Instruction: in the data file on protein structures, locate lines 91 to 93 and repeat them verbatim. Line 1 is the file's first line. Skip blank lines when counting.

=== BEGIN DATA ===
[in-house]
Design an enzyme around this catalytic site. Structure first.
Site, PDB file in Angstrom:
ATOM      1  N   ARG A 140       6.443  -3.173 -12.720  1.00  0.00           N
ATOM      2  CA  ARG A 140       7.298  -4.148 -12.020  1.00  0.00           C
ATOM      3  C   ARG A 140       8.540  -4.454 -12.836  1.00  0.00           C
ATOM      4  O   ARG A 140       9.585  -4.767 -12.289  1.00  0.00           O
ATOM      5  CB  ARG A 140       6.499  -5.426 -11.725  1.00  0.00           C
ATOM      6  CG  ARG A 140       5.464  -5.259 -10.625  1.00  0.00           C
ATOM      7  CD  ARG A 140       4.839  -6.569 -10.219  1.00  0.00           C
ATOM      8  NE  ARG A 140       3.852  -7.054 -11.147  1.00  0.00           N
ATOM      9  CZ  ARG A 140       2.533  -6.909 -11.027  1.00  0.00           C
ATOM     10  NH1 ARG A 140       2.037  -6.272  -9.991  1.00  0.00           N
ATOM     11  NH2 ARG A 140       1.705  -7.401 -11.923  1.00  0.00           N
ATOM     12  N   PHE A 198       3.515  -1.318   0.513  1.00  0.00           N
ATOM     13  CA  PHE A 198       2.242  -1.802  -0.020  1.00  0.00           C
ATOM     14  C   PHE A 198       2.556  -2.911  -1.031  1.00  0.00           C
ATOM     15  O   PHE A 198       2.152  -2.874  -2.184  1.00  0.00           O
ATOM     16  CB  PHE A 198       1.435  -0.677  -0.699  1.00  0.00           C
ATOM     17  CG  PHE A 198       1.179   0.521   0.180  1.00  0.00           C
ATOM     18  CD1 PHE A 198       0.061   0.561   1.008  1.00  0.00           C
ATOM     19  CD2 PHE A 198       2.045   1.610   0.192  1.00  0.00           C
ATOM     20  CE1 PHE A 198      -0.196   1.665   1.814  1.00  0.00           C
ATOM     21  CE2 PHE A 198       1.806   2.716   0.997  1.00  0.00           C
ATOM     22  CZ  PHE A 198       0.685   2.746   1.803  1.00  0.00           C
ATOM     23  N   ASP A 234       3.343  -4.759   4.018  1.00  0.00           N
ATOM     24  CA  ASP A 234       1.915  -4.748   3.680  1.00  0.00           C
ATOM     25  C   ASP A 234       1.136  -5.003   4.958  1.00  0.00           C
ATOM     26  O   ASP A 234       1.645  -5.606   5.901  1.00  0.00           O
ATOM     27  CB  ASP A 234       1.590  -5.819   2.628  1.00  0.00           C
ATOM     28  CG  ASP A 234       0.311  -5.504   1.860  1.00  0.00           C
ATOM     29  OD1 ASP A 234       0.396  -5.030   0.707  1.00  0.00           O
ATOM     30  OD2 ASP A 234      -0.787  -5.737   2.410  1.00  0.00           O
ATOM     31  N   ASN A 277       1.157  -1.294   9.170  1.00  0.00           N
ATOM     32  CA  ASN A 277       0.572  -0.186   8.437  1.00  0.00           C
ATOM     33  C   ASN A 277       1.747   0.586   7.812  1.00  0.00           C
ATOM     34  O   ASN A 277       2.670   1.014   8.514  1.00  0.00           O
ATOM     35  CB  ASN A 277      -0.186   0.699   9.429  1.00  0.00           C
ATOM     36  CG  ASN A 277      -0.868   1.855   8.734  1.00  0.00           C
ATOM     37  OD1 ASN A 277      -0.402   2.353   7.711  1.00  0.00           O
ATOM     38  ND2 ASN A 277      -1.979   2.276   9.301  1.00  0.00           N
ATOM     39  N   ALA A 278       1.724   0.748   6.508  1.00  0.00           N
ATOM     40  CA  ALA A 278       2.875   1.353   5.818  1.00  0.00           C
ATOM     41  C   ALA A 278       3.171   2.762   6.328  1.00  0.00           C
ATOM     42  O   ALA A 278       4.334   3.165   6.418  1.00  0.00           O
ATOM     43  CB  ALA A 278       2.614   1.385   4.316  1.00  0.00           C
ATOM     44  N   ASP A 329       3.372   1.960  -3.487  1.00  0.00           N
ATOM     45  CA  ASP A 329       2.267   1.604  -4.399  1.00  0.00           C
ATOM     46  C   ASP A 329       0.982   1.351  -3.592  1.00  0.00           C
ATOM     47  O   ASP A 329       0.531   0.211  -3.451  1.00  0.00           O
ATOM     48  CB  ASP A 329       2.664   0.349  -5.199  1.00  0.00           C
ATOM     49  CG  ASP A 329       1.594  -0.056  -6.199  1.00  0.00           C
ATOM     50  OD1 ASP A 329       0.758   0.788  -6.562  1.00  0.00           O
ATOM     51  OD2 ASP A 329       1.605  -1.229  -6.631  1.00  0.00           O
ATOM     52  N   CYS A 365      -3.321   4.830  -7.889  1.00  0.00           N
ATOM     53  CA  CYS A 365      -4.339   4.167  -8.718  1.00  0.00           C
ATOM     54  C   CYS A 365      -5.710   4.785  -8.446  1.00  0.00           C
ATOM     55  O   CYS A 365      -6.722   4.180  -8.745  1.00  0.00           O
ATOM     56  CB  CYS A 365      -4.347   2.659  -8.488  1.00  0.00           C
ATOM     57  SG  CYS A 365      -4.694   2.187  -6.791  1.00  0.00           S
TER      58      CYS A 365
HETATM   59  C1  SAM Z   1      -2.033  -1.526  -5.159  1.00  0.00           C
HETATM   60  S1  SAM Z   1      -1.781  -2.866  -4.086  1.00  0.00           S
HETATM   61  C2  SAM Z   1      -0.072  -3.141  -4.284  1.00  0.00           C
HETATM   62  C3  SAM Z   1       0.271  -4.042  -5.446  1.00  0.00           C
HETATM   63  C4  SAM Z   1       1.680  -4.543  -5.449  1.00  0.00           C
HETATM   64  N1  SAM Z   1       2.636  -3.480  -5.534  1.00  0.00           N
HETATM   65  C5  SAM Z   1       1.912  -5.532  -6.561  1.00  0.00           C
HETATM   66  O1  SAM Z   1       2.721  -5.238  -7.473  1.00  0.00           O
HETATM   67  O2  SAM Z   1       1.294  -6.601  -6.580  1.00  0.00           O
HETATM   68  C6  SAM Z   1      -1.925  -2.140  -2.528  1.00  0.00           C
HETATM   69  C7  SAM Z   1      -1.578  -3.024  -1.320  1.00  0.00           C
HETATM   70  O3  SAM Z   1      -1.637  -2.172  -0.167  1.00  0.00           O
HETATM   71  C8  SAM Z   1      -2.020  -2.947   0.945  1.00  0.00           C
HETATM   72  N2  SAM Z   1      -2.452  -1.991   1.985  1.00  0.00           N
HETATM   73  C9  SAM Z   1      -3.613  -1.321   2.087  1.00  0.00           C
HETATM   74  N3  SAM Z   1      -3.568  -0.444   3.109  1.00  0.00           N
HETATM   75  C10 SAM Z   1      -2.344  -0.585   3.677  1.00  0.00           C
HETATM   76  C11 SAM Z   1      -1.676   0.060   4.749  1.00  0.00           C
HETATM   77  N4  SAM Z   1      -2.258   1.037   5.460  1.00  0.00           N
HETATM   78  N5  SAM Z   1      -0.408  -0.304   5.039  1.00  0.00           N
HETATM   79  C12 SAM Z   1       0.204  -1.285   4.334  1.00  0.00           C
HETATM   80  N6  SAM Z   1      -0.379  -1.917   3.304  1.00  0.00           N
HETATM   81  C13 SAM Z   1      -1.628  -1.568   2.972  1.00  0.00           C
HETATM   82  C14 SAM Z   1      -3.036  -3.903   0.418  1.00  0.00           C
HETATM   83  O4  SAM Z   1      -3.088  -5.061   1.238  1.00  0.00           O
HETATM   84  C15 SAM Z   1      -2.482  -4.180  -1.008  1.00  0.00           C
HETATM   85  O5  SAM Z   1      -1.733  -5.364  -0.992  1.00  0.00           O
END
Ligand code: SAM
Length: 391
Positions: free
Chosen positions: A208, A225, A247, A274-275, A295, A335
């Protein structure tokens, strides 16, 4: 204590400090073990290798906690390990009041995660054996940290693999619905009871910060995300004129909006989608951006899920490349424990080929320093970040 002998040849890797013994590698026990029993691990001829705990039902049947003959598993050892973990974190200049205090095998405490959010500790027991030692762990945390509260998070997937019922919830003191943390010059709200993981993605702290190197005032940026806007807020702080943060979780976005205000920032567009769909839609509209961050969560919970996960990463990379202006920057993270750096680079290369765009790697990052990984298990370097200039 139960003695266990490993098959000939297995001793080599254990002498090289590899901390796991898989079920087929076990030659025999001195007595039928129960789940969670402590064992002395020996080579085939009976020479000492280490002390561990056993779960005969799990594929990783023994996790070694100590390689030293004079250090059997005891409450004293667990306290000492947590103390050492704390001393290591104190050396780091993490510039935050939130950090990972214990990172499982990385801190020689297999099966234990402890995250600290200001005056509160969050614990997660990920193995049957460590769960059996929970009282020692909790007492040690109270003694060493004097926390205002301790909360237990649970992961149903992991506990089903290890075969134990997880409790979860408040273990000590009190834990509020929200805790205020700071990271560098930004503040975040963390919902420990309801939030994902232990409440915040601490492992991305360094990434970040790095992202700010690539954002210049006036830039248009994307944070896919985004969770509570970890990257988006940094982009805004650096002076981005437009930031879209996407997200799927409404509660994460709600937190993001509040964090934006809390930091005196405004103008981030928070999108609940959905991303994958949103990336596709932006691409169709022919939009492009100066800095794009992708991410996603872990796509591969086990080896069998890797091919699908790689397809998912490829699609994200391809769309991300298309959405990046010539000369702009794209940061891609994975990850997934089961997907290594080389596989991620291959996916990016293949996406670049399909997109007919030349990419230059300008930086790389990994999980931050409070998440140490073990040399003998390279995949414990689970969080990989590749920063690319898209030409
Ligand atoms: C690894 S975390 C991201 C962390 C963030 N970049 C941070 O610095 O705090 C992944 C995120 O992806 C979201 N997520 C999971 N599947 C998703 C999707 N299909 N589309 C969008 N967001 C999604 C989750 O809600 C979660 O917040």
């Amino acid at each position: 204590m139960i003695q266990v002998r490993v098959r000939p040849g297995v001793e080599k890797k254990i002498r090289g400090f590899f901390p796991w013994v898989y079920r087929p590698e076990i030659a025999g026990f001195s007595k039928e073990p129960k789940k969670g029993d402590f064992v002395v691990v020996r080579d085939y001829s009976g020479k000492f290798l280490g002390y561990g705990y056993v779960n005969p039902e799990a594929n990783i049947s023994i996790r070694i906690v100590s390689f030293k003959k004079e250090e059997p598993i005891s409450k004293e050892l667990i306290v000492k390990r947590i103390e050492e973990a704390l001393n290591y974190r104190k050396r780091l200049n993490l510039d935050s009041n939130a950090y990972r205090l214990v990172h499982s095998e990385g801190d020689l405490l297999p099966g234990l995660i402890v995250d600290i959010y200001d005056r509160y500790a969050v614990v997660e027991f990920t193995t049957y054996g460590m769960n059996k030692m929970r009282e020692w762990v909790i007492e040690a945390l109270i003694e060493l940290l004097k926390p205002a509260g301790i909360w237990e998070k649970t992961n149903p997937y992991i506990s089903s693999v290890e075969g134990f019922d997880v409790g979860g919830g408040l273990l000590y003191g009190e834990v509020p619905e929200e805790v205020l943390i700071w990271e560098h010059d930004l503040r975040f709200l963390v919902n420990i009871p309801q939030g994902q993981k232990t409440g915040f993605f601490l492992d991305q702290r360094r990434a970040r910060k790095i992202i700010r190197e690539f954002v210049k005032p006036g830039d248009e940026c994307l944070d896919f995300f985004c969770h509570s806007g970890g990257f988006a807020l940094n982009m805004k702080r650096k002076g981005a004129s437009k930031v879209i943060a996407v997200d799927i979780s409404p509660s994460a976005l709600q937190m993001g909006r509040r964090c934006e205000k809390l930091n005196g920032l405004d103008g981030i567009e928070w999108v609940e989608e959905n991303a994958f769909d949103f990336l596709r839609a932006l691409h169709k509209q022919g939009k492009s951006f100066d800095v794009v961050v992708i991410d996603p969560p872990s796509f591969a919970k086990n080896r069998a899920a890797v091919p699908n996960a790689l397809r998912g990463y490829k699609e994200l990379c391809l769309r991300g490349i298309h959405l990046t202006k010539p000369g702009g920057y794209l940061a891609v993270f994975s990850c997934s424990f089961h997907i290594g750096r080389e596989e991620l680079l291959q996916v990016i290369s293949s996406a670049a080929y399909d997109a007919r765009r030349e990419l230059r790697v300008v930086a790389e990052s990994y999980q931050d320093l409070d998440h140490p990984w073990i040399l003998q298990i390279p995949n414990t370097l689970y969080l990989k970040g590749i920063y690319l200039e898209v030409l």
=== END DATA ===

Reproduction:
Length: 391
Positions: free
Chosen positions: A208, A225, A247, A274-275, A295, A335